By late the following year, 1476, an army exceeding 25,000 Wallachians, Hungarians Transylvanians and Serbs gathered to invade Wallachia. Dracula came down from the snowy Carpathian Mountains and besieged Tirgoviste, his home city. The residents didn’t offer much resistance and soon Dracula was once again the ruler of Wallachia. The boyars -- that political nobility that picked all leaders in Wallachia -- seemed to be behind Dracula. All was forgiven. Seeing no obvious resistance, the massive army that came to restore Dracula to his Princedom soon returned home. But appearances were deceiving. The easy submission of Wallachia to the old tyrant was too easy. Within two months, a mutilated, headless corpse was found in the marshes near the monastery of Snagrov (see right). The corpse was Dracula. Apparently the boyars would never forget the horror of his reign. Dracula, riding with a small bodyguard of Moldavians, was surprised by a force of Turks and Wallachians and he was killed. How his body ended up in the marsh isn’t clear. There are several legends about who exactly caused his death, although none seem to be conclusive.
Chindia Tower, one of Vlad frequent haunts
We know Vlad Dracula was killed in battle against the Turks near the town of Bucharest in December of 1476. Some reports indicate that he was assassinated by disloyal Wallachian boyars just as he was about to sweep the Turks from the field. Other accounts say he died in battle, surrounded by the ranks of his loyal Moldavian bodyguard. Still other reports claim that at the moment of victory, Vlad was accidentally killed by one of his own men. One thing we know for certain is that his body was decapitated by the Turks and his head sent to Constantinople where the sultan had it displayed on a stake as evidence that the horrible Impaler was finally dead. Legend says is buried at Snagov, an island monastery located near Bucharest. His tomb is still there today – but pictures (see right) show it opened and there is no body! In fact it looks desecrated or looted.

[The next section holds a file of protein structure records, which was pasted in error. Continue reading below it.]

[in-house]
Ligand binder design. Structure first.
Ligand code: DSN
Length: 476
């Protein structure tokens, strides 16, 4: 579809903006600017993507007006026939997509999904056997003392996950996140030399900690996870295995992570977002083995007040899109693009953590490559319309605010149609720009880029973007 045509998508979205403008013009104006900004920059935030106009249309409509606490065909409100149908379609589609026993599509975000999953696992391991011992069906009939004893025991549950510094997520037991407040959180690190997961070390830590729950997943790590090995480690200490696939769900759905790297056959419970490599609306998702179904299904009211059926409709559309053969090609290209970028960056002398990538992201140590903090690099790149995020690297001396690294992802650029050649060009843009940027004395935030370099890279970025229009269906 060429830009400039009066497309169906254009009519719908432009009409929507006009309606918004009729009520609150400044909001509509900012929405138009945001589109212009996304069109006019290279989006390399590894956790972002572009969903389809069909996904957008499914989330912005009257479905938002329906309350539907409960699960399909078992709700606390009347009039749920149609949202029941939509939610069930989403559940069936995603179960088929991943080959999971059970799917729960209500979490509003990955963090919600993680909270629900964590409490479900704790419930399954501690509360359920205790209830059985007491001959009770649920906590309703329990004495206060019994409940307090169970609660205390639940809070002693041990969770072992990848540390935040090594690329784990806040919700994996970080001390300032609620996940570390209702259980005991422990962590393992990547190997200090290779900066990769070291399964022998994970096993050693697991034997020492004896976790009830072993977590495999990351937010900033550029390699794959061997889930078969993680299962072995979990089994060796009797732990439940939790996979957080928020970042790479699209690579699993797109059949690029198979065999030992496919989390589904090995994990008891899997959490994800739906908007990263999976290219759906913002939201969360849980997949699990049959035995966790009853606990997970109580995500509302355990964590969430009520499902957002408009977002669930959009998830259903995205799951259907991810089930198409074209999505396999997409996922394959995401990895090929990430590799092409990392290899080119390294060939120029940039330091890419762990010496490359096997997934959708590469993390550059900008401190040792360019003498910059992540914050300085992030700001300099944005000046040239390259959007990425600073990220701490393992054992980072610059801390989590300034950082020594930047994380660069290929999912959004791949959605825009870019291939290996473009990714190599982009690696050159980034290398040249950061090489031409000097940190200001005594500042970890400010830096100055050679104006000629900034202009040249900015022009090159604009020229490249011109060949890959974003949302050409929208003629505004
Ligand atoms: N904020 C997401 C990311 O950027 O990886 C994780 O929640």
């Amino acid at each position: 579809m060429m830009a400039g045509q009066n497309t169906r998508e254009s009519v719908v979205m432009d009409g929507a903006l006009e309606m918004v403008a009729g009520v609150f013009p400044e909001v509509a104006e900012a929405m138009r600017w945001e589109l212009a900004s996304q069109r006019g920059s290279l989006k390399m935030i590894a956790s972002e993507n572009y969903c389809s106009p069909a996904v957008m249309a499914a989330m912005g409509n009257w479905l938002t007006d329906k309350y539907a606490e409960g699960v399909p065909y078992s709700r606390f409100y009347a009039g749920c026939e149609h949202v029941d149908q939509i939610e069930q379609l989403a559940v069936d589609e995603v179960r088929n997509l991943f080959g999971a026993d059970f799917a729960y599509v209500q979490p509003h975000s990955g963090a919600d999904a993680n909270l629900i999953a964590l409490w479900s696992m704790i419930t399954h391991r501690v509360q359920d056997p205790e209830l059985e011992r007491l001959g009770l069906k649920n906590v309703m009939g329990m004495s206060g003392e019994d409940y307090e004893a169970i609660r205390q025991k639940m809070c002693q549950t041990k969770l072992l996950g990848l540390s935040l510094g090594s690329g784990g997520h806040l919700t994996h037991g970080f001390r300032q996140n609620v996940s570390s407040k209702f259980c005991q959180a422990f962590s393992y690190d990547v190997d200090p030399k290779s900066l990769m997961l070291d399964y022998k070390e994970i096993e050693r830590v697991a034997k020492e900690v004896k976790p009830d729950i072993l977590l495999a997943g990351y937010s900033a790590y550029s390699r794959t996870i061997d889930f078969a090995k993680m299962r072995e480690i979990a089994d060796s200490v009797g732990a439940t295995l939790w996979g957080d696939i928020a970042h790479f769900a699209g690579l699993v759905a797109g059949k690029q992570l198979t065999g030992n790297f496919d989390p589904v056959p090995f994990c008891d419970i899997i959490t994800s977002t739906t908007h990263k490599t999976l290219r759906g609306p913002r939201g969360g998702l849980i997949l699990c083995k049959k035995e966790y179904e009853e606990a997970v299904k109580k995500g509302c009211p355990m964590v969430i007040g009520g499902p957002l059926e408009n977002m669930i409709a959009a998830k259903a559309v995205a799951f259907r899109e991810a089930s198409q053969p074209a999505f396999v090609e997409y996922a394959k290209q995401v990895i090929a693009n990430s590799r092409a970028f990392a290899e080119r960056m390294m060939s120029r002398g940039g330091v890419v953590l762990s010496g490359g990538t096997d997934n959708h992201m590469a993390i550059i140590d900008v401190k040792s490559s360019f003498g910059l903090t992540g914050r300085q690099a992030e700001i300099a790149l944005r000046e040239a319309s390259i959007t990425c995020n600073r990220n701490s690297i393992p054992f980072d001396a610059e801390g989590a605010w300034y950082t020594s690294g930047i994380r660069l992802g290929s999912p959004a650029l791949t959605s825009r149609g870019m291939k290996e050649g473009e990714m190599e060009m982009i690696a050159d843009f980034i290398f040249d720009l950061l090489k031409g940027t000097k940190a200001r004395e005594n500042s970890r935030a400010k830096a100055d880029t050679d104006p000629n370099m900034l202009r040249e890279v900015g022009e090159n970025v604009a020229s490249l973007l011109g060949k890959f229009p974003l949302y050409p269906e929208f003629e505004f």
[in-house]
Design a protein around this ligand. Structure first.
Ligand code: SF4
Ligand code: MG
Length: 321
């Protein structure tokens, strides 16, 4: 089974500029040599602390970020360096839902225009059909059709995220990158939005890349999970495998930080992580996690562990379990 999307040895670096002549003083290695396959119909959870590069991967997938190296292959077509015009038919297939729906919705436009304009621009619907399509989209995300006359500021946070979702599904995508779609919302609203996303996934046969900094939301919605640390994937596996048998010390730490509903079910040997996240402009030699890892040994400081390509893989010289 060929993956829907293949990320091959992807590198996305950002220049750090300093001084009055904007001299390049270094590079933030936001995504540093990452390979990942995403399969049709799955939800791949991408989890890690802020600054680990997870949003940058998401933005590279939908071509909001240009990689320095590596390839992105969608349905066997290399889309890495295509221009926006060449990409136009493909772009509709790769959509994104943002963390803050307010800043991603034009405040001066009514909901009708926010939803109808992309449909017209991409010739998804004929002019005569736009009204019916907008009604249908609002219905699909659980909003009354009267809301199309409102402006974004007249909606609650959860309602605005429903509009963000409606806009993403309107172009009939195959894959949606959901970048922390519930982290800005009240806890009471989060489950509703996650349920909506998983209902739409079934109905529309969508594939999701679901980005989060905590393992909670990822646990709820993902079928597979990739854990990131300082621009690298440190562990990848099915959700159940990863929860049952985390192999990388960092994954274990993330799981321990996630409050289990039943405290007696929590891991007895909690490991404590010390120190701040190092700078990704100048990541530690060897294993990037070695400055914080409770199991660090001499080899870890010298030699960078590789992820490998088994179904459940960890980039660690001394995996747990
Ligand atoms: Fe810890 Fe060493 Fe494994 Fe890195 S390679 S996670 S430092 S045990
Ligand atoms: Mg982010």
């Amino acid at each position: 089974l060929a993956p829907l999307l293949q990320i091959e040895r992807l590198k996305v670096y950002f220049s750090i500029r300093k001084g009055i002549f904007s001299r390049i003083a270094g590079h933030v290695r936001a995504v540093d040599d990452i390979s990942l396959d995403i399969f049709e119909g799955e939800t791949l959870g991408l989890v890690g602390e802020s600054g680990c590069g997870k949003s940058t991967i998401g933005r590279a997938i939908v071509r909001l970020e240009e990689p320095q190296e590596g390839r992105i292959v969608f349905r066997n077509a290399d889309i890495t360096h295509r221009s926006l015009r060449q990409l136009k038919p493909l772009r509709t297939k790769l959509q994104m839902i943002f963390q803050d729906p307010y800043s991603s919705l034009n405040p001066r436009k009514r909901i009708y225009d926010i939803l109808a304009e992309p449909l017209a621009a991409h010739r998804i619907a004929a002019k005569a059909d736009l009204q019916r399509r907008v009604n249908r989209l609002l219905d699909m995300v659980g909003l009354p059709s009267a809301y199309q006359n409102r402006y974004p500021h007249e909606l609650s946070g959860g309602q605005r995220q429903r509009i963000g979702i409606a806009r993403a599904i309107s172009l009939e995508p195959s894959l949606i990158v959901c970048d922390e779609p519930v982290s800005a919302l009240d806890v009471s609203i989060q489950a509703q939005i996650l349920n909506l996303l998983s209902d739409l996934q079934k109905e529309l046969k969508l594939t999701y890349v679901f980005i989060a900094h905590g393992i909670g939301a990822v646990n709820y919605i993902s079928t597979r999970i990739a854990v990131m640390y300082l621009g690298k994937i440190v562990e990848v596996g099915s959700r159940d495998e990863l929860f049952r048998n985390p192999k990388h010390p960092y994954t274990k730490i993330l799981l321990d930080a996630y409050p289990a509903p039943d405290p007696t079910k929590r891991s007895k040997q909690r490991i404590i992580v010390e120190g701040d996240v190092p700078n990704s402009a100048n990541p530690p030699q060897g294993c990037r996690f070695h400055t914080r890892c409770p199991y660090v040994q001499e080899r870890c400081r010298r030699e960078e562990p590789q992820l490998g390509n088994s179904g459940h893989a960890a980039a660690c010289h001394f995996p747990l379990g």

Conclusions about his mysterious death
The evidence about his body being found in the marsh is confirned by at least two sources from the period. This would seem to rule out Dracula dying on the battlefield or that he was accidentally struck down by one of his own. Why would they then place his decapitated body in the marsh? And if it were an accident, why then decapitate him? The conclusion of this writer is that the initial legend is the correct one: he was assassinated by someone (probably the boyars) and his body left where someone would find it.
The death of Vlad Dracula, Vlad Tepes or Vlad the Impaler, did little to improve conditions in Wallachia. Dracula’s demise encouraged the Turks even more and they continued to raid and interfere in Wallachia for years, keeping Stephen Bathory of Moldavia active in the area to repel the invaders. Eventually the Turks succeeded in crossing and invaded Hungary, but then Hungary rallied again. To the Romanians, the country that now owns the region known as Wallachia, even to this day, Dracula is considered a national hero, and a staunch defender of Christianity against the Muslim Turks. His image was much different in Western Europe, where he was thought to be a monster that drank blood, and killed people with stakes. And this was so up to the nineteenth century. Of course when Bram Stoker was looking for a historical figure on which to base his fictional vampire, he discovered a history of Transylvania and read about a man named Dracula. He made him the vampire we know today, and it has inspired thousands of books and hundreds of movies. But they rarely portray the real Dracula. The imaginary Dracula befouled young women, drank blood and sometimes killed. The real Vlad Dracula killed literally tens of thousands in the most horrible of ways. And one must ask themselves, who was the real monster?